Editor’s note: Welcome to another installment of our weekly War Books series! The premise is simple and straightforward. We ask an expert on a particular topic to recommend five books on that topic and tell us what sets each one apart. War Books is a resource for MWI readers who want to learn more about important subjects related to modern war and are looking for books to add to their reading lists.
We asked Brian C. Chao to to contribute this week’s edition of War Books. An MWI research fellow and assistant professor in the National Security Affairs Department at the US Naval War College, we gave him the following prompt: What five books would you recommend for readers to better understand Taiwan and its strategic setting?
The Taiwan question has been a concern for the United States for more than seventy years, though it seems to have grown more urgent recently. Yet the question of Taiwan’s political status has even deeper roots, and the island’s clear, natural borders belie a messy cauldron of clashing identities, loyalties, perspectives, and priorities. What has the United States gotten itself into? How did the divide across the Taiwan Strait emerge, and what sustains it today?
The following five readings offer both clarity and context to these questions and more, collectively providing readers with a holistic understanding of the issue that is widely presumed to be the most likely trigger for war between the world’s two most powerful countries. These five works are listed in the suggested order of reading. I have chosen five readings that collectively cover a wide swath of history and perspectives. This necessarily means that other great works have been omitted, not due to personal dislike, but due to my desire to minimize, rather than emphasize, temporal and topical overlap.
Why Taiwan Matters: Small Island, Global Powerhouse, by Shelley Rigger
Rigger is a leading expert on Taiwan, and this book offers an excellent overview and introduction to contemporary Taiwan and cross–Taiwan Strait relations. She traces the main themes of Taiwan’s development since it became a de facto autonomous political entity in 1949, covering economic development, culture and society, international relations, and, of course, the relationship with Beijing. First published in 2011, an updated version was released in 2014.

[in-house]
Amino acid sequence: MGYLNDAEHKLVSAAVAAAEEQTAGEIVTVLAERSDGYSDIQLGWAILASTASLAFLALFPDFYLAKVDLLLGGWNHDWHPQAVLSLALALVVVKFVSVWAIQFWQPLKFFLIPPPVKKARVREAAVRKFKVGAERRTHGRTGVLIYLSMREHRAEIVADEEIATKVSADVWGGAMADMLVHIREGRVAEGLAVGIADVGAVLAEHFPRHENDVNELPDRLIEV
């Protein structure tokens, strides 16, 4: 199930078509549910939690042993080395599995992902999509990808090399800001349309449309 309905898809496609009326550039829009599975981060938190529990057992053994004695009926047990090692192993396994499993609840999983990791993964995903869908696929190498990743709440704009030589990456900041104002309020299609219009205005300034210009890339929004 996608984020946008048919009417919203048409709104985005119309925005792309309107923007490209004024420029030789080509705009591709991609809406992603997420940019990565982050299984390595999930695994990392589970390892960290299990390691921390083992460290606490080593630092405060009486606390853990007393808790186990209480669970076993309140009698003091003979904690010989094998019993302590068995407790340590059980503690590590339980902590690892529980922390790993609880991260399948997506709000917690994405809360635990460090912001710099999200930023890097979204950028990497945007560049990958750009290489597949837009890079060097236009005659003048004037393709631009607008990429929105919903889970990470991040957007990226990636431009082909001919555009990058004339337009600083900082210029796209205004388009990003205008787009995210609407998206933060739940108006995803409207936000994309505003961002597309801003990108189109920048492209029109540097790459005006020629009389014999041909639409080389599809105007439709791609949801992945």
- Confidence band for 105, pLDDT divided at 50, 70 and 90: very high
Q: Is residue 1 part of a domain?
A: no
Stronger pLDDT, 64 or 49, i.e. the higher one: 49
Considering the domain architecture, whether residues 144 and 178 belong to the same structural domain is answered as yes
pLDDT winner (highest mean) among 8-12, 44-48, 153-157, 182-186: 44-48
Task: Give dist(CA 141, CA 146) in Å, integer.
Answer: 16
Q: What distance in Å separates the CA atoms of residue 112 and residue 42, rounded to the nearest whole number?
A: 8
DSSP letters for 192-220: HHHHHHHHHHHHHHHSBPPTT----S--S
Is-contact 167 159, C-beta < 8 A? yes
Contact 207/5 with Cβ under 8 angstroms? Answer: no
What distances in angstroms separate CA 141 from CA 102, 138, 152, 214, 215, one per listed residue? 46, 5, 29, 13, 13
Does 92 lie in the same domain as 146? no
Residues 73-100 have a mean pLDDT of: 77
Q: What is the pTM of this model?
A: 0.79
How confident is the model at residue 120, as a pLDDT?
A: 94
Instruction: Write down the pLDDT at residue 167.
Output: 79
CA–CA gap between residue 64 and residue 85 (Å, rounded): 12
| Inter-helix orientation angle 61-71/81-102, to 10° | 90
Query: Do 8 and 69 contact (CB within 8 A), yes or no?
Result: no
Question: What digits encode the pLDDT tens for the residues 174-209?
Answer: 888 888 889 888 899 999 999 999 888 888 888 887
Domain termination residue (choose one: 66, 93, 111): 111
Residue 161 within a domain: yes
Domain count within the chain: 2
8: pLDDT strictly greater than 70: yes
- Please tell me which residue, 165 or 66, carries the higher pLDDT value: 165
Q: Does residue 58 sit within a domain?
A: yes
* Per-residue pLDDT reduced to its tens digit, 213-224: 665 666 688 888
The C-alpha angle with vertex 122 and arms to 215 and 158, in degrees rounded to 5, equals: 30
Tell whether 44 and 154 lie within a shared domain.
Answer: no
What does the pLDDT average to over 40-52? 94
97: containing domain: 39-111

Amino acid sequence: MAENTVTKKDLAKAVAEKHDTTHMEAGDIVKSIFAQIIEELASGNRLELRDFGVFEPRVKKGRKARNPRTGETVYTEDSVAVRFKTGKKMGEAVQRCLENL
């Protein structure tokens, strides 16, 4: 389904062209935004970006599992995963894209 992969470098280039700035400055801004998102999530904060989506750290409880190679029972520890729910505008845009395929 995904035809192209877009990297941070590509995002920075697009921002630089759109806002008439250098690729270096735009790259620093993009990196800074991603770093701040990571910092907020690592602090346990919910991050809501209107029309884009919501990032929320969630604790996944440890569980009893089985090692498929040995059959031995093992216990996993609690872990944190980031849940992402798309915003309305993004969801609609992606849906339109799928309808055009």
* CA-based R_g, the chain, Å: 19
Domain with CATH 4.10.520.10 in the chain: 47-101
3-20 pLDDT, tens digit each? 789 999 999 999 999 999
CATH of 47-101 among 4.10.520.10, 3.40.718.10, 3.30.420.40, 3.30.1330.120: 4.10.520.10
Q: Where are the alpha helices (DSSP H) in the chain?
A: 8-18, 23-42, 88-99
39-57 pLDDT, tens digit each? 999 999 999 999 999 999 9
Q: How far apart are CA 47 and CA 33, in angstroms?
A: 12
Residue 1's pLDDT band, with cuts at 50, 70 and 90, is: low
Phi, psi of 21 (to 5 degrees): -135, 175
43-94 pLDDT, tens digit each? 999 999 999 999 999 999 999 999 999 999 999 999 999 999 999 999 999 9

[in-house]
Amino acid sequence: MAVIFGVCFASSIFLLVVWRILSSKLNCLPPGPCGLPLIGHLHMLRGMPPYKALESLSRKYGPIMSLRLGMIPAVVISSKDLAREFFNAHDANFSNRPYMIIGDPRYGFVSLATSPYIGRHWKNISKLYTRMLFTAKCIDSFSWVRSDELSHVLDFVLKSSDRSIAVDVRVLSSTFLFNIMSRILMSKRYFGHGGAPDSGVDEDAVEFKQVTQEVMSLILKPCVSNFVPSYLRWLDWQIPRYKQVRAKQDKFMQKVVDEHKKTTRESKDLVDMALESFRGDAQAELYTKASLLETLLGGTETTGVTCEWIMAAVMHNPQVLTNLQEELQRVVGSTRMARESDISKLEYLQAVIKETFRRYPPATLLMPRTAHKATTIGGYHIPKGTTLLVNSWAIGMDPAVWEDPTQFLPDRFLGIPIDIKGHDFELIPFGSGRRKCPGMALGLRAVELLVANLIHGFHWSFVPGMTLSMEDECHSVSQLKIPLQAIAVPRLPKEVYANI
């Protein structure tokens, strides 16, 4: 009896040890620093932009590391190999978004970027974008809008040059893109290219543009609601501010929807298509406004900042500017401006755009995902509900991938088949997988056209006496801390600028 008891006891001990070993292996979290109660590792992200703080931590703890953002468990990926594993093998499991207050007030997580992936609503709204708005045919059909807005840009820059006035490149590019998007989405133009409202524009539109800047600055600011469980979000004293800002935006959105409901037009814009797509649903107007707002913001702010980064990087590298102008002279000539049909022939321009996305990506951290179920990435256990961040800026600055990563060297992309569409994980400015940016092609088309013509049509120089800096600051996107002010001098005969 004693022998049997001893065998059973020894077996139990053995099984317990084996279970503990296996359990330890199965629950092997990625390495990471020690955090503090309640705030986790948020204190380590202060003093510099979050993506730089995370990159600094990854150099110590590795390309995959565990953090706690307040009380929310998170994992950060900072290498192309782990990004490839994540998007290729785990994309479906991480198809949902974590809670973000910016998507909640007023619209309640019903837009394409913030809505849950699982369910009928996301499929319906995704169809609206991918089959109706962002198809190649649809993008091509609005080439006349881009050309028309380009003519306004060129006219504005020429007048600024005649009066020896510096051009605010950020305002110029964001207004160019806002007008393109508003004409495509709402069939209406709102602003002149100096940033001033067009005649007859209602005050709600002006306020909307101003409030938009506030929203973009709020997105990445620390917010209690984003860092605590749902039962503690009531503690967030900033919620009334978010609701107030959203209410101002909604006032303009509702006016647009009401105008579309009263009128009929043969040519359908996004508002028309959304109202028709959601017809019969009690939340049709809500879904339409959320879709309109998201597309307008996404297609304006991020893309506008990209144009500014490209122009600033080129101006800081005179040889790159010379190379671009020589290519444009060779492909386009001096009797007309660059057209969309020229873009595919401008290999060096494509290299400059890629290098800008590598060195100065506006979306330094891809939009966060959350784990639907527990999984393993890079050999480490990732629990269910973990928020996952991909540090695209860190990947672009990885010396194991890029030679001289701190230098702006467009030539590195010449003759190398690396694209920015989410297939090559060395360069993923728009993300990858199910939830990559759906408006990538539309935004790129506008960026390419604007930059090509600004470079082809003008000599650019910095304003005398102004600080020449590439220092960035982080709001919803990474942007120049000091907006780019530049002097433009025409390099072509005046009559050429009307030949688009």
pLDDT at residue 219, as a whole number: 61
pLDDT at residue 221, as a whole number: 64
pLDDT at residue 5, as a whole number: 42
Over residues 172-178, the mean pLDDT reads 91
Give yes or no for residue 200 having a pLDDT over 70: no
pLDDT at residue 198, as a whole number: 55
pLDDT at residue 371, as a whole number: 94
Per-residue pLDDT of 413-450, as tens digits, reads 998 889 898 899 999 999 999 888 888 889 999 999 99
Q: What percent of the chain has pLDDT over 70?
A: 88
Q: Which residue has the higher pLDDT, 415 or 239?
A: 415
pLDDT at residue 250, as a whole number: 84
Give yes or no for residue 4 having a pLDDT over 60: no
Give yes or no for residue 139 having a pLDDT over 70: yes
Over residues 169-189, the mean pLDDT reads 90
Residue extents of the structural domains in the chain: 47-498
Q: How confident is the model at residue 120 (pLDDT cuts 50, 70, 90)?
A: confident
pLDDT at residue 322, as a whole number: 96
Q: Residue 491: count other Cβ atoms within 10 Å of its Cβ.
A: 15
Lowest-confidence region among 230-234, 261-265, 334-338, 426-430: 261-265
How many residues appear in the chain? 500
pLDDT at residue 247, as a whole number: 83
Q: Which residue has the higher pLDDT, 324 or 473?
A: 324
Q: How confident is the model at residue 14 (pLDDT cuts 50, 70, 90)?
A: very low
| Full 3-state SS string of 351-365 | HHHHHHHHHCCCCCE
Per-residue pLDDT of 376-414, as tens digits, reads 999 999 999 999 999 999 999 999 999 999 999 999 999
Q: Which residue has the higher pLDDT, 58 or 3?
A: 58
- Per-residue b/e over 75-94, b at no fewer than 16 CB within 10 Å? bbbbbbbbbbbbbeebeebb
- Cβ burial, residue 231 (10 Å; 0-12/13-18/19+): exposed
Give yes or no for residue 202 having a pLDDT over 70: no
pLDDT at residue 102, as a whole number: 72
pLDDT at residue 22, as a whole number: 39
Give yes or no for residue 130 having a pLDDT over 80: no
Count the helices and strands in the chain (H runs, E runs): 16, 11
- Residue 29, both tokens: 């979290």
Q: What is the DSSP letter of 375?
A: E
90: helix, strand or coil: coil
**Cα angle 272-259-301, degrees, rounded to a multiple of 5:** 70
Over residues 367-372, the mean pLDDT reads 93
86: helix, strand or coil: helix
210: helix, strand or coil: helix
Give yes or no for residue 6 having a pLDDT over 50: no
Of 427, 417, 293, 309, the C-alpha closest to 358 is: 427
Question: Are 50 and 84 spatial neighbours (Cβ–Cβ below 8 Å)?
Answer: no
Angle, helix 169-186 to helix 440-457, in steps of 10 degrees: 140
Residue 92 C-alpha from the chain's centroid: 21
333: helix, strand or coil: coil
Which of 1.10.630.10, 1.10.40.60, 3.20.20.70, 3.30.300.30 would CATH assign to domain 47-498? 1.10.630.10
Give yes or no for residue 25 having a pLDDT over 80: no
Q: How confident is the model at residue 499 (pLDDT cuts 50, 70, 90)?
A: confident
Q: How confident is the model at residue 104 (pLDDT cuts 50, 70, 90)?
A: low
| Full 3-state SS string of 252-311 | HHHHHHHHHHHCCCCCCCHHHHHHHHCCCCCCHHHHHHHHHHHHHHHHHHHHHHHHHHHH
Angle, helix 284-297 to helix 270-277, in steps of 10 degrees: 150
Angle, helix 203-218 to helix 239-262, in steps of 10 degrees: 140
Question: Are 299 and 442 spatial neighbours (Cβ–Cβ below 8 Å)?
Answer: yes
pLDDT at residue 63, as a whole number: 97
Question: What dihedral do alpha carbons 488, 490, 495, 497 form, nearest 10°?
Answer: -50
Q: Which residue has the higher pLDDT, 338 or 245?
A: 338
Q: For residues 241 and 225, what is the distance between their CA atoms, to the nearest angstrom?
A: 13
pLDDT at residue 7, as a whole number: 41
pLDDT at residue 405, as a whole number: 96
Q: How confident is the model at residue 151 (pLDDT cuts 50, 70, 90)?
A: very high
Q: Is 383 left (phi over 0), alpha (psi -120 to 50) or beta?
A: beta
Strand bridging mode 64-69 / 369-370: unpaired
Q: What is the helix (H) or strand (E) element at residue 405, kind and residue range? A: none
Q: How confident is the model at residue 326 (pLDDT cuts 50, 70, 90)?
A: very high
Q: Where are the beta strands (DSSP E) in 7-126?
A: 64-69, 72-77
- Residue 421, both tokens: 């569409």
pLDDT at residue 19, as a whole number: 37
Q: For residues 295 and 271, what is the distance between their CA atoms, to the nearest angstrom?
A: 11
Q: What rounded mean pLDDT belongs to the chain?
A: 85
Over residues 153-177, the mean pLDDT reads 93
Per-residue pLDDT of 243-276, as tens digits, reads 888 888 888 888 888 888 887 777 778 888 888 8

Why Taiwan? Geostrategic Rationales for China’s Territorial Integrity, by Alan M. Wachman
The late Wachman tackles an obvious question that is perhaps taken for granted: Why is Taiwan so valued by China? By examining the historical record and highlighting the debates that have taken place over decades, Wachman argues forcefully for Taiwan’s perceived value in the eyes of a Chinese government as having primarily been geostrategic: Taiwan is key to ensuring the national security of the Chinese political state based on the Asian landmass. Wachman’s argument offers a different perspective from the usual rationales, which tend to draw on culture, ethnicity, and interpretations of history, while downplaying the more realpolitik considerations of controlling the island.
Taiwan’s Imagined Geography: Chinese Colonial Travel Writing and Pictures, 1683–1895, by Emma Jinhua Teng
Have mainland Chinese always thought of Taiwan as being part of their political entity? Teng’s thorough book documents how, over the centuries, an island like Taiwan—of which most Chinese had never even heard of—gradually came to be seen as Chinese. From the first establishment of Chinese political authority in the seventeenth century, Teng uses the genre of travel writing to trace Taiwan’s political and cultural incorporation into the Qing domain, and how the Qing court at Beijing transformed the traditional definition of China and Chineseness into something both spatially and mentally more inclusive.
The Great Exodus from China: Trauma, Memory, and Identity in Modern Taiwan, by Dominic Meng-Hsuan Yang
Yang’s book considers a pivotal but understudied event that has indelibly shaped contemporary Taiwan and the island’s internal contestation over identity: the mass migration of mainlanders to Taiwan in the wake of the Communist Party of China’s civil war victory in 1949. Yang considers the trauma of their forced exile from their mainland homes; their adaptations to a new life in a new land, with the hope of returning to the mainland fading with the years; and the enduring legacy of these refugees’ search for identity on Taiwan’s lively domestic political scene now.
A One-China Policy Primer, by Richard C. Bush
This short, clear, eminently readable publication from the Brookings Institution explains what the US “One China” policy is, how it has evolved over the years, and, just as importantly, what it is not. Written by a longtime observer of Taiwan and foreign policy practitioner, this paper is an essential reference for those needing clarification on the sometimes arcane nuances of Washington’s perspective on and relationship with Taipei.
Brian C. Chao is an assistant professor in the Naval War College’s National Security Affairs Department and a nonresident associate of the University of Pennsylvania’s Center for the Study of Contemporary China. He studies China and cross–Taiwan Strait relations, naval power and geostrategy, and US defense and foreign policy in the Asia-Pacific. More information can be found at his website and on Twitter.
The views expressed are those of the author and do not reflect the official position of the United States Military Academy, Naval War College, Department of the Army, Department of the Navy, or Department of Defense.
Image credit: Office of the President, Republic of China (Taiwan)